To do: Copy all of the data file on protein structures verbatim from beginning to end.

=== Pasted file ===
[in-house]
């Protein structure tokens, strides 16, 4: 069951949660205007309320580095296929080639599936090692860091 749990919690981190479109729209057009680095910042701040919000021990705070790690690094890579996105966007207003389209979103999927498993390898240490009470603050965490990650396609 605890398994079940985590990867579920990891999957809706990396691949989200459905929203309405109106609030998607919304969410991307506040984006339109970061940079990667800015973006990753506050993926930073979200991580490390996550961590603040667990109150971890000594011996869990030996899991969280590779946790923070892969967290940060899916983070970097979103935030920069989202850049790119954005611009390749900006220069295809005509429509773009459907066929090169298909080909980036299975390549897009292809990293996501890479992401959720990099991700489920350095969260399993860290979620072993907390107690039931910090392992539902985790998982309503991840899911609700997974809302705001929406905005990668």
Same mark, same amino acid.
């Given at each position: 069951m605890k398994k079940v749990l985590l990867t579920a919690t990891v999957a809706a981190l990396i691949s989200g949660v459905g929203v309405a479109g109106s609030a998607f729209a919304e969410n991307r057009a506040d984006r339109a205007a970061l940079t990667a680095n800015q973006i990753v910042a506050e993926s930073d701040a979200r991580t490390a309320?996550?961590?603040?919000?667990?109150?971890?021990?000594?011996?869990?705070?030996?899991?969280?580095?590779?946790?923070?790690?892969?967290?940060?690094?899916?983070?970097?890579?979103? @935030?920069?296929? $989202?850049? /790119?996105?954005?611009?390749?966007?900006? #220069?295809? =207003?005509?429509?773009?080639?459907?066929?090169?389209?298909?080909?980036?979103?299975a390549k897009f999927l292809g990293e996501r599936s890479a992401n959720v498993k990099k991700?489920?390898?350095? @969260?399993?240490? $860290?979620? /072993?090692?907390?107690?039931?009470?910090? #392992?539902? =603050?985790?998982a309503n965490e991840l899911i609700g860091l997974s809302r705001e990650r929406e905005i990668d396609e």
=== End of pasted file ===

[in-house]
């Protein structure tokens, strides 16, 4: 069951949660205007309320580095296929080639599936090692860091 749990919690981190479109729209057009680095910042701040919000021990705070790690690094890579996105966007207003389209979103999927498993390898240490009470603050965490990650396609 605890398994079940985590990867579920990891999957809706990396691949989200459905929203309405109106609030998607919304969410991307506040984006339109970061940079990667800015973006990753506050993926930073979200991580490390996550961590603040667990109150971890000594011996869990030996899991969280590779946790923070892969967290940060899916983070970097979103935030920069989202850049790119954005611009390749900006220069295809005509429509773009459907066929090169298909080909980036299975390549897009292809990293996501890479992401959720990099991700489920350095969260399993860290979620072993907390107690039931910090392992539902985790998982309503991840899911609700997974809302705001929406905005990668």
Same mark, same amino acid.
């Given at each position: 069951m605890k398994k079940v749990l985590l990867t579920a919690t990891v999957a809706a981190l990396i691949s989200g949660v459905g929203v309405a479109g109106s609030a998607f729209a919304e969410n991307r057009a506040d984006r339109a205007a970061l940079t990667a680095n800015q973006i990753v910042a506050e993926s930073d701040a979200r991580t490390a309320?996550?961590?603040?919000?667990?109150?971890?021990?000594?011996?869990?705070?030996?899991?969280?580095?590779?946790?923070?790690?892969?967290?940060?690094?899916?983070?970097?890579?979103? @935030?920069?296929? $989202?850049? /790119?996105?954005?611009?390749?966007?900006? #220069?295809? =207003?005509?429509?773009?080639?459907?066929?090169?389209?298909?080909?980036?979103?299975a390549k897009f999927l292809g990293e996501r599936s890479a992401n959720v498993k990099k991700?489920?390898?350095? @969260?399993?240490? $860290?979620? /072993?090692?907390?107690?039931?009470?910090? #392992?539902? =603050?985790?998982a309503n965490e991840l899911i609700g860091l997974s809302r705001e990650r929406e905005i990668d396609e």